Last week I read that the Italian Sangiovese grape is to be cultivated in Herault in the Languedoc due to its drought resistant qualities and high yields. Decanter reported that Italy’s Vivai Cooperativi Rauscedo – the world’s largest cooperative nursery – has sold about 170,000 Sangiovese vines to five Herault producers: Domaine de Gournier, des Peyrats, de la Bousquette, Clos des Roques, and de St. Laurent. Andrew Jefford has a most interesting blog about this topic out this morning on Jefford on Monday.
The vines consist of clones Toscano, Brunello, Romagnolo, Prugnolo, Montalcino, and Morellino. This will be the first time (as far as I can find out) that Sangiovese has been grown in mainland France – it has been grown in Corsica under the name of Nielluccio.
Sangiovese takes its name from the Latin Sanguis Jovis, “the blood of Jupiter” (King of the Roman gods) and due to its name it is thought that this grape was grown in Roman times. The first documented mention of Sangiovese was in the 1590 writings of Giovanvettorio Soderini who called it “Sangiogheto”. It is most well known for the being the main grape in the blend of Chianti, Carmignano, Vino Nobile di Montepulciano and Morellino di Scansano and can be found in the “Super Tuscan” wines. (If you enjoy Italian wine check out Vinissima, Juel Mahoney’s site).
There is a dispute as to Nielluccio’s origins – at one time it was thought to be indigenous to Corsica. However Nielluccio’s close genetic similarities to Sangiovese suggest that the two grapes are closely related and that Nielluccio is one of Sangiovese’s many clones. The grape was likely introduced to Corsica by the Genoese during their long rule over the island from the 13th – 18th century. Corsica’s wine making history can be traced back to 570 BC when Phocean traders settled there.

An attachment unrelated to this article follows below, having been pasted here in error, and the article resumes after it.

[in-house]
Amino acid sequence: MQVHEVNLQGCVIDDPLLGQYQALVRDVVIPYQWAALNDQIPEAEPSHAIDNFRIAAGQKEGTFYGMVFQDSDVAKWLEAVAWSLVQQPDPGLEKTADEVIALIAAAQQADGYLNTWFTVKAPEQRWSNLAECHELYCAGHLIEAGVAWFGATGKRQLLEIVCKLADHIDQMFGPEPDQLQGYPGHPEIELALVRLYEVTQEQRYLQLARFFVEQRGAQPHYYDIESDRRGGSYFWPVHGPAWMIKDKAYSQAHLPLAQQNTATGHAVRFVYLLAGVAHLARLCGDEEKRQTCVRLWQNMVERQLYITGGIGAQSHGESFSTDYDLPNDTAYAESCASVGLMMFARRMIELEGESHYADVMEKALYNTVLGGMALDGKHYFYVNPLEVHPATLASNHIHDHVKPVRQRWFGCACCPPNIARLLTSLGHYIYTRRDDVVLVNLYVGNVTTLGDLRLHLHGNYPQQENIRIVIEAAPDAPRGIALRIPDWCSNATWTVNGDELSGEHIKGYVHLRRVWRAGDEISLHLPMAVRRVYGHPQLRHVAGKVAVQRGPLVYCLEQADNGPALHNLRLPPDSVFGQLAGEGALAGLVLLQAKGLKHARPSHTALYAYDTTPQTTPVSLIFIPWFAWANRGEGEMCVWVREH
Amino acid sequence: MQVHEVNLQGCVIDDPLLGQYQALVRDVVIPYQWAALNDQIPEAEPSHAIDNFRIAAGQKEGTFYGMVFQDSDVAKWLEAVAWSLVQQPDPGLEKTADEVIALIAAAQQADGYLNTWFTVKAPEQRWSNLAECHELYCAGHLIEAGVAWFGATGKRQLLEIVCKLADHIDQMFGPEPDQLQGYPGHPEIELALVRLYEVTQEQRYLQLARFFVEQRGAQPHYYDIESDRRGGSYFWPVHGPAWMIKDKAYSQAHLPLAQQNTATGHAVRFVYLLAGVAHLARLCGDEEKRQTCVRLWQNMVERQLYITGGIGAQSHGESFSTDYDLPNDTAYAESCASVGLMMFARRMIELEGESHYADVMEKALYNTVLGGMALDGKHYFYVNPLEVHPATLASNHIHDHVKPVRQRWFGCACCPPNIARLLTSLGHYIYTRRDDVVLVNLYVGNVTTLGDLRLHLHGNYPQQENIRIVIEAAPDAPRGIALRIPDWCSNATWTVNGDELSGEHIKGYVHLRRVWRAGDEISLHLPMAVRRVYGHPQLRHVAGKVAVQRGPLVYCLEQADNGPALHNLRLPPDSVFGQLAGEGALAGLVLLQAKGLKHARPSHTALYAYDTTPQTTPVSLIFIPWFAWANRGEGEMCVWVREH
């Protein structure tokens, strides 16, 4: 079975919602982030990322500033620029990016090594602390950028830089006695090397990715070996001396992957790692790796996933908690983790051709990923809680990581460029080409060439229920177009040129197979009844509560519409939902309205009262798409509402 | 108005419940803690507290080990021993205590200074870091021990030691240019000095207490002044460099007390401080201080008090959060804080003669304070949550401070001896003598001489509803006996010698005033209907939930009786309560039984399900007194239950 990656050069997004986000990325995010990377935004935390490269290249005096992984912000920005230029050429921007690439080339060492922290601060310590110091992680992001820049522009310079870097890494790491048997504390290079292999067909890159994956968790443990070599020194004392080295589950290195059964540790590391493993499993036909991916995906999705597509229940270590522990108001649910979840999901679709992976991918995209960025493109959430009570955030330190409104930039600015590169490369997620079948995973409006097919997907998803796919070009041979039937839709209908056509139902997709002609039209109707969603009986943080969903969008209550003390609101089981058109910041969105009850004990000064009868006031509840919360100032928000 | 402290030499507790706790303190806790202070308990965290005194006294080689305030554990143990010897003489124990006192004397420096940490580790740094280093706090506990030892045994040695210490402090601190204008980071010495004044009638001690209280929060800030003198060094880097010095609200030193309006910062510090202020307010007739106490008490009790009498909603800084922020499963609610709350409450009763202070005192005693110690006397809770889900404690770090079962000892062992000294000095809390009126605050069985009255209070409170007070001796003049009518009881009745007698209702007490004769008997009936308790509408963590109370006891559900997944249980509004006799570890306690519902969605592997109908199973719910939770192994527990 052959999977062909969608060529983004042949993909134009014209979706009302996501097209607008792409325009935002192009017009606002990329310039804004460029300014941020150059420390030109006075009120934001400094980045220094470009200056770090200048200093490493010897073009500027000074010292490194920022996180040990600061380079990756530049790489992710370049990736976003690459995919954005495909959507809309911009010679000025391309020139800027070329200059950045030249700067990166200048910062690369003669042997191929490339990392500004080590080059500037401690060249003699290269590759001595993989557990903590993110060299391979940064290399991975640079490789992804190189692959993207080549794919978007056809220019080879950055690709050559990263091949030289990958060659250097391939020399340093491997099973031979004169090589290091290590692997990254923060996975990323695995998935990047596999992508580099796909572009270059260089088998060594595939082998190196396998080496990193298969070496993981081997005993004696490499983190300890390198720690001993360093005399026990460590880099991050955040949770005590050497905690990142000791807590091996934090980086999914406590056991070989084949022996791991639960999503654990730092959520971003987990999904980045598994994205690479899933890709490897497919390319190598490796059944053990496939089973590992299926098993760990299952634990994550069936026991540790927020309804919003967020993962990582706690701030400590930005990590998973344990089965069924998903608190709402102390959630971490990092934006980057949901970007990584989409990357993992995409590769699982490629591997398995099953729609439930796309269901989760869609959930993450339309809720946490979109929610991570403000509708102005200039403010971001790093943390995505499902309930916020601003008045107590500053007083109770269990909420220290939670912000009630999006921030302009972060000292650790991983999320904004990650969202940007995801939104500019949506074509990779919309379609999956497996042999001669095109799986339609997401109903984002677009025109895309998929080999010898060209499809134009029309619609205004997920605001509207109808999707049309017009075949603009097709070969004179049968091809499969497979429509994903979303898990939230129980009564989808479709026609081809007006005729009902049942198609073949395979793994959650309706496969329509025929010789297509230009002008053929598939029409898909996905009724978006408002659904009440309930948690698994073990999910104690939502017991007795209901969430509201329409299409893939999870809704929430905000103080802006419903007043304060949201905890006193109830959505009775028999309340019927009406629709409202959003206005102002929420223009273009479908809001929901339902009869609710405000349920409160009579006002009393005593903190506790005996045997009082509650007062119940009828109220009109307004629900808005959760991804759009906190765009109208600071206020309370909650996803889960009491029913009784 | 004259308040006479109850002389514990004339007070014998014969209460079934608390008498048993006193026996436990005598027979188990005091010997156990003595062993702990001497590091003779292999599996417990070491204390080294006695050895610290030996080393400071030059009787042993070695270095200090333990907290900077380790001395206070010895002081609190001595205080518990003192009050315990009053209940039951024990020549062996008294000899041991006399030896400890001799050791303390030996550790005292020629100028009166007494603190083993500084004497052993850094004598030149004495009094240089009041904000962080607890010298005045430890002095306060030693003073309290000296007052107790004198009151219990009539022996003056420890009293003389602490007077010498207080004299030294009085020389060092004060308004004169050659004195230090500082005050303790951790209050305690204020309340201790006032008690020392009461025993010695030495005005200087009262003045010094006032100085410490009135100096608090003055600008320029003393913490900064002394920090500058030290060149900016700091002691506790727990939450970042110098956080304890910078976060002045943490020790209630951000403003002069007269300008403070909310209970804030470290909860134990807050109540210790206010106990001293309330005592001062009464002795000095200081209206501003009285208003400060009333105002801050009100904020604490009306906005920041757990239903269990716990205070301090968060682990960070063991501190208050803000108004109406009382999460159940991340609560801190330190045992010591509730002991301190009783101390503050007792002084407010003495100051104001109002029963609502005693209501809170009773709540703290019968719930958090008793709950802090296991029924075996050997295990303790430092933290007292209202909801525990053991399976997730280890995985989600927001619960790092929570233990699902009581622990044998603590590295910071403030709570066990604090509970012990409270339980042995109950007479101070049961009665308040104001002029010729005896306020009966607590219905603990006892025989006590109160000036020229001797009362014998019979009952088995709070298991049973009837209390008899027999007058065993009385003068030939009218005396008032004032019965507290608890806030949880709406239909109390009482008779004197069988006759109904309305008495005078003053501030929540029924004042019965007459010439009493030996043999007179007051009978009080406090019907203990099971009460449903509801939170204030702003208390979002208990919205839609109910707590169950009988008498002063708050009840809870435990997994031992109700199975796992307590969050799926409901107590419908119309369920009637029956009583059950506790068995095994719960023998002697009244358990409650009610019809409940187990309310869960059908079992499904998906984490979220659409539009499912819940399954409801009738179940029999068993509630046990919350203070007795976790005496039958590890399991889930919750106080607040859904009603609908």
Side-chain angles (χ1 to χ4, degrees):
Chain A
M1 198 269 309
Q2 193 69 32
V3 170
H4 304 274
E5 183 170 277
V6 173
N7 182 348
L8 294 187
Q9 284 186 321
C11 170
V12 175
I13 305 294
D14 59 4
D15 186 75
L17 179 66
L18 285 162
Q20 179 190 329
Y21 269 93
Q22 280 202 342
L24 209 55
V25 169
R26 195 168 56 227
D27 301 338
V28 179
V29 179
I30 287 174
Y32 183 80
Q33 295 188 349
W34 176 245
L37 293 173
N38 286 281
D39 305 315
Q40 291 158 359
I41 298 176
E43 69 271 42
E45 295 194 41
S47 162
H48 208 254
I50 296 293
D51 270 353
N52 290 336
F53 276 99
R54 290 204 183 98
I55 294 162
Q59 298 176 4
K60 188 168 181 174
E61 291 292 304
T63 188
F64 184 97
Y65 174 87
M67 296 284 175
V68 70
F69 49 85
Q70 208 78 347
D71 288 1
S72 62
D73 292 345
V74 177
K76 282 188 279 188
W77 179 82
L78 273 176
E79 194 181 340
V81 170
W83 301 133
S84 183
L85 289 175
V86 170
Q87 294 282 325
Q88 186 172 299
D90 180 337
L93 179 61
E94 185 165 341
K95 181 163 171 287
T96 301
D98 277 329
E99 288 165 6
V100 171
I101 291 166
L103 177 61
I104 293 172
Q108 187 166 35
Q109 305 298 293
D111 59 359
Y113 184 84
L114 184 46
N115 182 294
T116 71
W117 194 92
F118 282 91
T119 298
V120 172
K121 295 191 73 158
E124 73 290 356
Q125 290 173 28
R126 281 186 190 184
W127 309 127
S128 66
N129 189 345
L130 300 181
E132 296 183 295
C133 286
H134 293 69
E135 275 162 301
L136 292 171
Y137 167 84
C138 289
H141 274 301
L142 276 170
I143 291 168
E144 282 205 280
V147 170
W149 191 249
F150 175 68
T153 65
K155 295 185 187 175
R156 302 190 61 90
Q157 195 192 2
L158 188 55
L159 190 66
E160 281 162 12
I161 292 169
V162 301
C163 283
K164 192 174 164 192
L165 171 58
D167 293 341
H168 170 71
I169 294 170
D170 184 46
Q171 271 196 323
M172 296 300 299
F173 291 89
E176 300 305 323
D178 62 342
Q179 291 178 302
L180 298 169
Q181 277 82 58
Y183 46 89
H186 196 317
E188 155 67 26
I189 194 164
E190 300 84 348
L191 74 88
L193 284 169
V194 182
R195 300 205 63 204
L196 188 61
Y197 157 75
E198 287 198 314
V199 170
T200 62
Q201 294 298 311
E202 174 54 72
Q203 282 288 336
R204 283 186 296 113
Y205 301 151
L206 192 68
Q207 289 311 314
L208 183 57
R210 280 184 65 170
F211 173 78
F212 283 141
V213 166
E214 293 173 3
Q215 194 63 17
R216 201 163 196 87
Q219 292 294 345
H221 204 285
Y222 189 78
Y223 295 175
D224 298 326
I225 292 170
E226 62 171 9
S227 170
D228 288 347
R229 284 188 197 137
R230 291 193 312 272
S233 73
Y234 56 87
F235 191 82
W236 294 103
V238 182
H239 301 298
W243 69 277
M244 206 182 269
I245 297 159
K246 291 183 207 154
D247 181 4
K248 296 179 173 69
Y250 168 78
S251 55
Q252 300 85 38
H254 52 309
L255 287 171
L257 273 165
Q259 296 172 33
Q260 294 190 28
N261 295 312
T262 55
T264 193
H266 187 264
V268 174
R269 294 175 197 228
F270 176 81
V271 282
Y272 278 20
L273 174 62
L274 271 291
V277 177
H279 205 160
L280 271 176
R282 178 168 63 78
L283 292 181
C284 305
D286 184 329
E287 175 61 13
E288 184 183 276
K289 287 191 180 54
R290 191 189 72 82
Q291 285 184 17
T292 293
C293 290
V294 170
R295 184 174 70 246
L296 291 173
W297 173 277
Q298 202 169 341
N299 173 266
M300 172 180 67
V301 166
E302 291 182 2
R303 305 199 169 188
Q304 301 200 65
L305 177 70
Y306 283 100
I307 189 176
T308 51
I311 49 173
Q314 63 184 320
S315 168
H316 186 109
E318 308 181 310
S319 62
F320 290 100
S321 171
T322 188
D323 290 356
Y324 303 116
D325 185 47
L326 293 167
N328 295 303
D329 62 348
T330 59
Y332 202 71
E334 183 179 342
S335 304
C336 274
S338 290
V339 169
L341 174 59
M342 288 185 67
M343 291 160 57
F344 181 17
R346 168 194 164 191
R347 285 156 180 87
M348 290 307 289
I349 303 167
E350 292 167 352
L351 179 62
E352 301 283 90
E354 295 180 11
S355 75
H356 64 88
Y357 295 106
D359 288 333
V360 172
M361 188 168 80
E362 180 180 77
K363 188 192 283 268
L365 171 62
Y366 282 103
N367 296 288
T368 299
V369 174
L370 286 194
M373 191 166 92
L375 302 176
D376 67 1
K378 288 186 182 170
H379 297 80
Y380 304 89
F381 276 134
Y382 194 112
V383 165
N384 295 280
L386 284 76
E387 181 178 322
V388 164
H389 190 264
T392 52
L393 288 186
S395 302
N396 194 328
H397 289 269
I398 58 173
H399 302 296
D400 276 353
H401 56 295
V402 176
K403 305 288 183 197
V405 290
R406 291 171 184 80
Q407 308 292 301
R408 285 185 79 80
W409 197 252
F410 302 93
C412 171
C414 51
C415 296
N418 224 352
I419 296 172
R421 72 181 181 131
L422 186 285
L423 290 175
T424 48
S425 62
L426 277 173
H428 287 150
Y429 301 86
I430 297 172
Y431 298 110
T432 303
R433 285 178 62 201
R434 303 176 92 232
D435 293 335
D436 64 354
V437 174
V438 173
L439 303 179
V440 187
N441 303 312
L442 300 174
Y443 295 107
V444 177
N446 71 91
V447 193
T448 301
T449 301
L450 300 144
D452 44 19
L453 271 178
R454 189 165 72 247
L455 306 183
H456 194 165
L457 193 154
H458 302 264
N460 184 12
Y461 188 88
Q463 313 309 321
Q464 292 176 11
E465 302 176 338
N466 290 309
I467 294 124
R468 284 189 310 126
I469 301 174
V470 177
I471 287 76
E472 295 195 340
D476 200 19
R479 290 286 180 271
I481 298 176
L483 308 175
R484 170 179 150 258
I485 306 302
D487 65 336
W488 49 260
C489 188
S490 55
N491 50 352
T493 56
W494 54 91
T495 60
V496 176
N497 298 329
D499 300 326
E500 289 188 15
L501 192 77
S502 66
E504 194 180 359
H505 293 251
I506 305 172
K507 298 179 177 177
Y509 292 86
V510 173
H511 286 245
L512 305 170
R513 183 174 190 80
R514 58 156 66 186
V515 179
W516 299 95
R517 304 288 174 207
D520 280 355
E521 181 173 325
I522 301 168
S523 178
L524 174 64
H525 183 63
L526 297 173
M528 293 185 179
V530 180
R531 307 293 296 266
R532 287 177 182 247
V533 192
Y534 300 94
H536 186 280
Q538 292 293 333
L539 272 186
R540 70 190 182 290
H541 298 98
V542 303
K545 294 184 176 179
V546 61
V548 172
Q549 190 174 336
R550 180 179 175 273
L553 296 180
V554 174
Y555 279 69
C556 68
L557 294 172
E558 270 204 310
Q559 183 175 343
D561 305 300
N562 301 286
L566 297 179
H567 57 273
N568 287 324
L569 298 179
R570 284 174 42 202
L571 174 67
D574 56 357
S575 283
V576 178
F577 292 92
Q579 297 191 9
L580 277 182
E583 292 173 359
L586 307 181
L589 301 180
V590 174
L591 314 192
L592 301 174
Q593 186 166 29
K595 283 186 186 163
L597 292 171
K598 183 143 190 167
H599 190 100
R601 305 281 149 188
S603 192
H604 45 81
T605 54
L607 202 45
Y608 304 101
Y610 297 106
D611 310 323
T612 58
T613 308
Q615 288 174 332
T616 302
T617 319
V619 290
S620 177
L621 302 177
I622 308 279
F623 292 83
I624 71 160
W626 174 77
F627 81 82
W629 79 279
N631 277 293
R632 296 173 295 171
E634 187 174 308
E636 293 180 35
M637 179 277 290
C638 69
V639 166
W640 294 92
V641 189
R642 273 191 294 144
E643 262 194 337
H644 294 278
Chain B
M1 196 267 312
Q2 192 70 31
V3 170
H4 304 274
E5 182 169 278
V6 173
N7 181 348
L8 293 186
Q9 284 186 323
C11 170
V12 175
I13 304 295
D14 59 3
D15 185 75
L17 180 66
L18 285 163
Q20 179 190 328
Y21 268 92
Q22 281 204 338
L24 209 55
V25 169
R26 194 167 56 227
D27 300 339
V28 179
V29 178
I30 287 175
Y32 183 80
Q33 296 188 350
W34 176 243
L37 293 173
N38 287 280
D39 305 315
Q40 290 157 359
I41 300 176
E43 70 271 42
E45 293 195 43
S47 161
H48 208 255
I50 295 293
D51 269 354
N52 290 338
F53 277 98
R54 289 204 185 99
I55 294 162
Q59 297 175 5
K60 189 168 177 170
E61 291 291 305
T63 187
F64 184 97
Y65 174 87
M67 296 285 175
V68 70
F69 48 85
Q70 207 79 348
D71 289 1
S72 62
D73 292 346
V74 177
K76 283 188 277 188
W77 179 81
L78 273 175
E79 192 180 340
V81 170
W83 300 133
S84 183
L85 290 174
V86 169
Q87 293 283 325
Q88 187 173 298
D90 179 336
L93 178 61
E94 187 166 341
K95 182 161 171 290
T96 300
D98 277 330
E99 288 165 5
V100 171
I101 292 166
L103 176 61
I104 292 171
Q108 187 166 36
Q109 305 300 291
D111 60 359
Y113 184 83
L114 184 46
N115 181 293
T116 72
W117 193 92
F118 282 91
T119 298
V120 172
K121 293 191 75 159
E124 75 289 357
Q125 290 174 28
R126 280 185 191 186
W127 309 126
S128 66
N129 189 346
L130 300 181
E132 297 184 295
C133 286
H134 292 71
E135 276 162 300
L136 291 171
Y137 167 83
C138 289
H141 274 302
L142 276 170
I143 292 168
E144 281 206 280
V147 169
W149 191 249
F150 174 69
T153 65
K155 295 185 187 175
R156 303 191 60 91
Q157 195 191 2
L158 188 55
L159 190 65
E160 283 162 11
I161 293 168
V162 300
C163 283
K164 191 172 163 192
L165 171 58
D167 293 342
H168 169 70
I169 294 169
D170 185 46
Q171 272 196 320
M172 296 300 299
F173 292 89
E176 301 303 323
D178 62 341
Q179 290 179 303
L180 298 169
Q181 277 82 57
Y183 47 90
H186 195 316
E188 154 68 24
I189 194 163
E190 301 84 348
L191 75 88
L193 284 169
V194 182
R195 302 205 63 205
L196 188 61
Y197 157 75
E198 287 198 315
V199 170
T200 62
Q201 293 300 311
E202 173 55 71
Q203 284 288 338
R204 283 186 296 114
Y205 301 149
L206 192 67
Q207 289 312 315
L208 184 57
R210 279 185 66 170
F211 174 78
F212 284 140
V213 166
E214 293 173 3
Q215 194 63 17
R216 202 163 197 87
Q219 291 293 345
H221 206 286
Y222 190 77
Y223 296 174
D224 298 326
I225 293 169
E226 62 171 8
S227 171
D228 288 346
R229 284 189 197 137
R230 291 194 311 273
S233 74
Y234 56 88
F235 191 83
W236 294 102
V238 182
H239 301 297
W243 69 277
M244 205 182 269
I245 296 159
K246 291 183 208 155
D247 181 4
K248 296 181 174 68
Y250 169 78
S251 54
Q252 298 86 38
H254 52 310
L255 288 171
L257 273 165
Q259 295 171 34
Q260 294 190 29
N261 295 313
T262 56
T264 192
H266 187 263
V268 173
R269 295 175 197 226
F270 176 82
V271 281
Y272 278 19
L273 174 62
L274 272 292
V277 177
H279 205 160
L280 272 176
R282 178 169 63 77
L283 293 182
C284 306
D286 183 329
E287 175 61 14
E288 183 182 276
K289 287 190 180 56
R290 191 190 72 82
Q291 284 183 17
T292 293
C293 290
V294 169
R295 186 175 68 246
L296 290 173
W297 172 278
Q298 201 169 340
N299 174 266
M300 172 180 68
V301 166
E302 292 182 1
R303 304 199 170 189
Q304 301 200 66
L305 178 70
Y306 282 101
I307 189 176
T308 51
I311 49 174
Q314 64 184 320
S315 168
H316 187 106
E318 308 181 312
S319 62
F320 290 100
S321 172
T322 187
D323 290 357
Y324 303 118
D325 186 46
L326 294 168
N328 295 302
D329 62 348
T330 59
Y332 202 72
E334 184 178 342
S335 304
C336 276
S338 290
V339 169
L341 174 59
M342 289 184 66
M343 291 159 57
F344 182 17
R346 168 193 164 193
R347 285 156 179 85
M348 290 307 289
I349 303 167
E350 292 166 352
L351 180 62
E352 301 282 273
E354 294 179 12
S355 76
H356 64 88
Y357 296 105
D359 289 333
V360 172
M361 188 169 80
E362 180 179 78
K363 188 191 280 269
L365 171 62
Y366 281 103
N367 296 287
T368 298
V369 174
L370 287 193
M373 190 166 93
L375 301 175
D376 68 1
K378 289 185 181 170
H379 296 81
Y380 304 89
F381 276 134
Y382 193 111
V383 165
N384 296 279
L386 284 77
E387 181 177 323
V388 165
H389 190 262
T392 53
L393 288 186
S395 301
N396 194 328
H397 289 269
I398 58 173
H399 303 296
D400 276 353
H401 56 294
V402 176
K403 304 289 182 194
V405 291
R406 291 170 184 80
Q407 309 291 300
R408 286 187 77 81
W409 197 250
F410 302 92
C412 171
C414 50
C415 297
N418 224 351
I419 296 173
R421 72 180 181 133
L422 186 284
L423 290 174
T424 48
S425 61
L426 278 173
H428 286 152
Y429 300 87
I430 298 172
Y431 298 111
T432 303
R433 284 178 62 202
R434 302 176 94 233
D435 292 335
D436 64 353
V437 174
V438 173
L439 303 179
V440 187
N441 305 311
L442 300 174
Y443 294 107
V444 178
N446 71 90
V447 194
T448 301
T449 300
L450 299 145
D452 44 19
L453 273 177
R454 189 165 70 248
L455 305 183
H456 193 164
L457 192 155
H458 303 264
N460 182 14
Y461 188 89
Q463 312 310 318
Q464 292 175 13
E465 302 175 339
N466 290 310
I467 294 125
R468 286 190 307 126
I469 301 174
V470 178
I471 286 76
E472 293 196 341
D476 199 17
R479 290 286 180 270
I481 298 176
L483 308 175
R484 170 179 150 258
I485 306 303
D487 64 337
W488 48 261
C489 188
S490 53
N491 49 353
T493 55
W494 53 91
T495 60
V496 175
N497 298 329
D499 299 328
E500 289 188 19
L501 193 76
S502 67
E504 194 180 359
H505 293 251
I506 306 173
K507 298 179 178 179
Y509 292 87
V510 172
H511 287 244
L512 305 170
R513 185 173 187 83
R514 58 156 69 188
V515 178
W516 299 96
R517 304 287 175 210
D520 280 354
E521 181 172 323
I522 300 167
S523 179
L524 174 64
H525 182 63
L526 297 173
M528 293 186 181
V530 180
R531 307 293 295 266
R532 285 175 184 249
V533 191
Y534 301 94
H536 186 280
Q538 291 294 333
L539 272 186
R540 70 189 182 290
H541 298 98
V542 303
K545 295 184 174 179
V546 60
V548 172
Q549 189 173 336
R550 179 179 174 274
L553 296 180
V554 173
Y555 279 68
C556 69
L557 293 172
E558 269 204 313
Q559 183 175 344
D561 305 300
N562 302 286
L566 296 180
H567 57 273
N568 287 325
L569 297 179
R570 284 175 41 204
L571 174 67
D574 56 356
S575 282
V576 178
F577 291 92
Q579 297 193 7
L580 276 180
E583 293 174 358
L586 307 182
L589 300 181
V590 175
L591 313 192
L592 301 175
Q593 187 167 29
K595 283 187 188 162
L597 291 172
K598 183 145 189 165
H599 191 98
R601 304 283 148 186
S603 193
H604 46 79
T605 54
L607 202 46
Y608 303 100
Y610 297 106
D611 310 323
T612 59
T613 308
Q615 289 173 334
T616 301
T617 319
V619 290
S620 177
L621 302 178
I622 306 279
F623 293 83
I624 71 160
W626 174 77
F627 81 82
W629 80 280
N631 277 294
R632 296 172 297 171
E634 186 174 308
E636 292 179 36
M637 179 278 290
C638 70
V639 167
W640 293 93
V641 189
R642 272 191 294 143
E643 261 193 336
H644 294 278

Corsica came under French rule in 1768 when the treaty of Versailles ceded Corsica to France. In 1769 the future French Emperor Napoleon Bonaparte was born in the Corsican city of Ajaccio to a wine making family. Under Napoleon’s rule. Corsica was allowed to export wine and tobacco duty-free across the French Empire.
It will be interesting to see how Sangiovese fares in the Languedoc. VCR’s director general, Eugenio Sartori has speculated that other Italian varieties such as Malvasia, Manzoni Incrocio, Teroldego, and others may play a future role in Languedoc viticulture.